In contrast, Jess gets along great with her son’s father. They had one battle in the beginning, and since then, everything has been smooth sailing. They don’t follow their old parenting plan much anymore except for the financial terms it laid out. They are one of these co-parents who tossed the agreement aside after a few years and now just do what works for them and their child.

They never had to go back to litigation like Mom and I did. They never had a parenting coordinator, nor did they ever exercise formal dispute resolution steps. They just respected each other and made sensible, selfless decisions with their child’s best interest at heart.

The idea of paying lawyers to update their out-of-date parenting plan is just silly to them because, well, what’s the point? Their son will be eighteen in six short years, and they have been able to solve any dispute that has arisen in the past twelve years just fine.

If you think you can co-exist in harmony with your co-parent like Jess does, then, by all means, write a generalized parenting plan and don’t try to anticipate every conceivable future situation in one document.

On the other hand, if you think you are more like Mom and me (oil and water), then you will want to spell out more details in your plan and come up with some dispute steps that solve problems in a timely and efficient manner.

Insist on a PC From the Beginning

No matter who you are, the best way to ensure a constructive co-parenting existence that avoids future run-ins with the legal system is to agree to use a binding parenting coordinator. These people are licensed and trained to deal with you fairly and constructively and put your child’s needs first.

Since that is essentially your end goal, you should have nothing to fear from this arrangement. We strongly recommend everyone write a parenting plan that includes an agreement to use a binding parenting coordinator for at least the first twenty-four months, to be renewed annually after that as needed.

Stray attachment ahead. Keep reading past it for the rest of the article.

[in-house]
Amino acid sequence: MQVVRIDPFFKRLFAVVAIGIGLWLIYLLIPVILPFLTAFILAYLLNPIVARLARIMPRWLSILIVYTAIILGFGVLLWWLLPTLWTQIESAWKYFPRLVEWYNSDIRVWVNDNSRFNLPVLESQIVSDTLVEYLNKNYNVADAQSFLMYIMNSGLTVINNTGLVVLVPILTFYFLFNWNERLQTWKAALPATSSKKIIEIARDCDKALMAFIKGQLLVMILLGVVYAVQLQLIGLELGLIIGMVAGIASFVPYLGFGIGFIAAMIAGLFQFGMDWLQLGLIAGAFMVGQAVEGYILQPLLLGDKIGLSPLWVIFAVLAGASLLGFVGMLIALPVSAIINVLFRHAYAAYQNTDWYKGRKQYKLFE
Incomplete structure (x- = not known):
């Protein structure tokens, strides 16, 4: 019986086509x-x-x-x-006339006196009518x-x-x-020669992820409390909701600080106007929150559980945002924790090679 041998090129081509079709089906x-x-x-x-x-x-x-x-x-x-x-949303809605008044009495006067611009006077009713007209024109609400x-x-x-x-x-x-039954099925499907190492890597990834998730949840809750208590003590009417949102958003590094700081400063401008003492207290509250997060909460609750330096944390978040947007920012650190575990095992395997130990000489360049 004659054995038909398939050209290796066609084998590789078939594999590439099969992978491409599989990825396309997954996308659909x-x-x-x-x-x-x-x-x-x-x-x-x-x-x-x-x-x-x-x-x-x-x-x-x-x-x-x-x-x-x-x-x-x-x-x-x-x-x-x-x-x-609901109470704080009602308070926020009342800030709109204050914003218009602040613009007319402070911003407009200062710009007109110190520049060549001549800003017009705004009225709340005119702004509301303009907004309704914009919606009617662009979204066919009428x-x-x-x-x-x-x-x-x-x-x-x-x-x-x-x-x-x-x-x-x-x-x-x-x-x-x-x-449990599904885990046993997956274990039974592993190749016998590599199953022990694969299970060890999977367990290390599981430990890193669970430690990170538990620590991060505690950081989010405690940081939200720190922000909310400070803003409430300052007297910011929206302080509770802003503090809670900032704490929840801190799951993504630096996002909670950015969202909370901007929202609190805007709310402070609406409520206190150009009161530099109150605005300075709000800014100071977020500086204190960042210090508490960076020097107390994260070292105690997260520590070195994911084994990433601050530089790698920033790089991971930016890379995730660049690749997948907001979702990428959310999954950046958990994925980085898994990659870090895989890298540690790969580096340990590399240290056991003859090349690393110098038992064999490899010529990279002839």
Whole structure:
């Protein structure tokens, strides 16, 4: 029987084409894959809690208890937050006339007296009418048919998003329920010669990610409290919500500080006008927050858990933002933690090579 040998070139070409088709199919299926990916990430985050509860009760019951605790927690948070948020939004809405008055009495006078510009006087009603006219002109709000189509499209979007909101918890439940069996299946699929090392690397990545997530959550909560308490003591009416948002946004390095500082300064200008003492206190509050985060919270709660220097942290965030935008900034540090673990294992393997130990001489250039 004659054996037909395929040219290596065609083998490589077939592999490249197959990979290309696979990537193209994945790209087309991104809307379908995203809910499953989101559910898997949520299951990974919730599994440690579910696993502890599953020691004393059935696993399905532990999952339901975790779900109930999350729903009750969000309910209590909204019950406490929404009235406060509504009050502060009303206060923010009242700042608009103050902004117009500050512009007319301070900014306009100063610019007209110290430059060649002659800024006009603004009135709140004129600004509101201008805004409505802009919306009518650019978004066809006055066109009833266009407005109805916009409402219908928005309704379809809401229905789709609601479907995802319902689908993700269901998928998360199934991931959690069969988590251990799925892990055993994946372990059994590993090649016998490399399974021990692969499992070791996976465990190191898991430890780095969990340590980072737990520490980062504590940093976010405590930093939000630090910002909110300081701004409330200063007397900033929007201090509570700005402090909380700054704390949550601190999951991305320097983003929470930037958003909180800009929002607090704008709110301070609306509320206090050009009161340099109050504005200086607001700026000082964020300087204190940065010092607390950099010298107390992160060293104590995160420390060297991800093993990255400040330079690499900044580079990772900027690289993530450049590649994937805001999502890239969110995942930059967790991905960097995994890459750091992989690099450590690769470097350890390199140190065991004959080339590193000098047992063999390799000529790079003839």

As a side note, if your co-parent simply refuses to sign up for a PC, that doesn’t leave you totally on your own. Anyone going through a baby-out-of-wedlock-situation will need help, especially if they are in a high-conflict situation.

Find a good coach, therapist, or other counselor to help you work through the issues you can control. It won’t be as effective as a PC, but it’s better than going it alone. Remember, half the battle is dealing with your own emotional responses during this difficult time in your life.

-Jim & Jessica


Jim and Jessica Braz are not lawyers. While they have real-life experience in the issues discussed here, they do not give legal advice on this website. Furthermore, child custody laws, child support calculations, and family law, in general, vary from state to state. Be sure to consult an attorney in the appropriate state for your custody litigation. ​

Jim and Jessica Braz are not doctors. While they have real-life experience in the issues discussed here, they do not give medical advice on this website. Be sure to consult your doctor on your specific medical situation. ​

Jim and Jessica Braz are not licensed therapists, mediators, or counselors. While they have real-life experience in the issues discussed here, you should consult licensed professionals as needed.

The advice given on this website does not hold Jim and Jessica Braz legally liable for any adverse outcomes you may have from following their advice.